[0017] In this respect, it will be appreciated that the audio components may be received from a plurality of different audio sources. For example, two audio sources may each transmit one or more audio components to the playback terminal.

[0018] According to a third aspect of the invention, there is provided a playing terminal for use in an interactive audio system, the playing terminal comprising: a first port for receiving a plurality of audio components from a remote audio source, each audio component comprising audio data relating to an audible sound or track which can be played through an audio transducer means connected to the playing terminal; a second port for receiving selection commands from a user control device which is connectable to the playing terminal; and a processing means connected to the first and second ports, wherein the processing means is arranged to (a) receive the audio components from the first port and to play the audible sound or track relating to each audio component by means of the audio transducer, (b) receive a selection command from the second port, the selection command being indicative of one of the audible sounds or tracks currently selected by a user as a focus sound or track, and (c) send a control signal to the audio source by means of the first port, the control signal indicating the quantity of data, relating to each audio component, to be transmitted from the audio source to the playing terminal, the quantity of data being dependent on the audio component selected as the focus component.

[0019] According to a fourth aspect of the invention, there is provided a method of operating an interactive audio system, the method comprising: receiving, at a playing terminal, a plurality of audio components transmitted over a data link from a remote audio source, each audio component comprising audio data relating to an audible sound or track; playing each of the audio components so as to output their respective audible sound or track from an audio transducer connected to the playing terminal; selecting one of the audible sounds or tracks as a focus sound or track; and in response to the selection step, transmitting a control signal to the remote audio source so as to control the quantity of transmitted data, relating to each audio component, at which the audio components are transmitted from the audio source, the quantity of transmitted data being dependent on the selected focus sound or track.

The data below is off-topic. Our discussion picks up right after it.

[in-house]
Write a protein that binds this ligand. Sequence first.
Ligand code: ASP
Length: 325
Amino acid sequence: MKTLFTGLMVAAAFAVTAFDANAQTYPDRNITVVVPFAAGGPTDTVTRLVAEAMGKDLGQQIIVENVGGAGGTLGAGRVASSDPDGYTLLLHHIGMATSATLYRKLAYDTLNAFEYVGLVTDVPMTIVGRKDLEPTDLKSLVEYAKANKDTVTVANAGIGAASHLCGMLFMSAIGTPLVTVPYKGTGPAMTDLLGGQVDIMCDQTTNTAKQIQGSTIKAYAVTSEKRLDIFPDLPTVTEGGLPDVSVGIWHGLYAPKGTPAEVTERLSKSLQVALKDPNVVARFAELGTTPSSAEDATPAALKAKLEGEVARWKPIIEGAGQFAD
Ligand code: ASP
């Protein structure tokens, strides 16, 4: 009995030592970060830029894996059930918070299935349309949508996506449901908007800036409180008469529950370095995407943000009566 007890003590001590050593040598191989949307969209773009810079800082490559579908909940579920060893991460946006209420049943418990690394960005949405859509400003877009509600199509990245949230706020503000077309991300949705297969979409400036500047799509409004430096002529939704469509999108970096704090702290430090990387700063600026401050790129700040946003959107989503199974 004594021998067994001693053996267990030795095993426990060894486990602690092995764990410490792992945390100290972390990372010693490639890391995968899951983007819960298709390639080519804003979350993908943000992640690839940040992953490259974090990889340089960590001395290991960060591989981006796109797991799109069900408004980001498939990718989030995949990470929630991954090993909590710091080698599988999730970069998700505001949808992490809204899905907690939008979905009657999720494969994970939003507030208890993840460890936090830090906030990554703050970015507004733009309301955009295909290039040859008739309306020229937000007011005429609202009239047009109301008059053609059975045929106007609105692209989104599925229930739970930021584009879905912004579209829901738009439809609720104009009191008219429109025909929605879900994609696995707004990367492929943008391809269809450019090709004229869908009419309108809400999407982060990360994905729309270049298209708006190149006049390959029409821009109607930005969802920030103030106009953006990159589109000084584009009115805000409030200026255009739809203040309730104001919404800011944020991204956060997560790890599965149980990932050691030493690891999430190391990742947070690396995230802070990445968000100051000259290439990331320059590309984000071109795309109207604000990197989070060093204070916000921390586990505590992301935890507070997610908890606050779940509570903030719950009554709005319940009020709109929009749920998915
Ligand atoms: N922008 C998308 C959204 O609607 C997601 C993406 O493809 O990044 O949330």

[0020] Preferred features of the method are detailed in the appended set of claims.

[0021] According to a fifth aspect of the invention, there is provided a computer program stored on a computer-usable medium, the computer program comprising computer-readable instructions for causing a processing device to perform the steps of: receiving a plurality of audio components transmitted over a data link from a remote audio source, each audio component comprising audio data relating to an audible sound or track; playing each of the audio components so as to output their respective audible sound or track from the audio transducer connected to the processing device; setting one of the audible sounds or tracks as a focus sound or track; and in response to the setting step, transmitting a control signal to the remote audio source so as to control the quantity of transmitted data, relating to each audio component, at which the audio components are transmitted from the audio source, the quantity of transmitted data being dependent on the focus sound or track.

[0022] The invention will now be described, by way of example, with reference to the accompanying drawings, in which: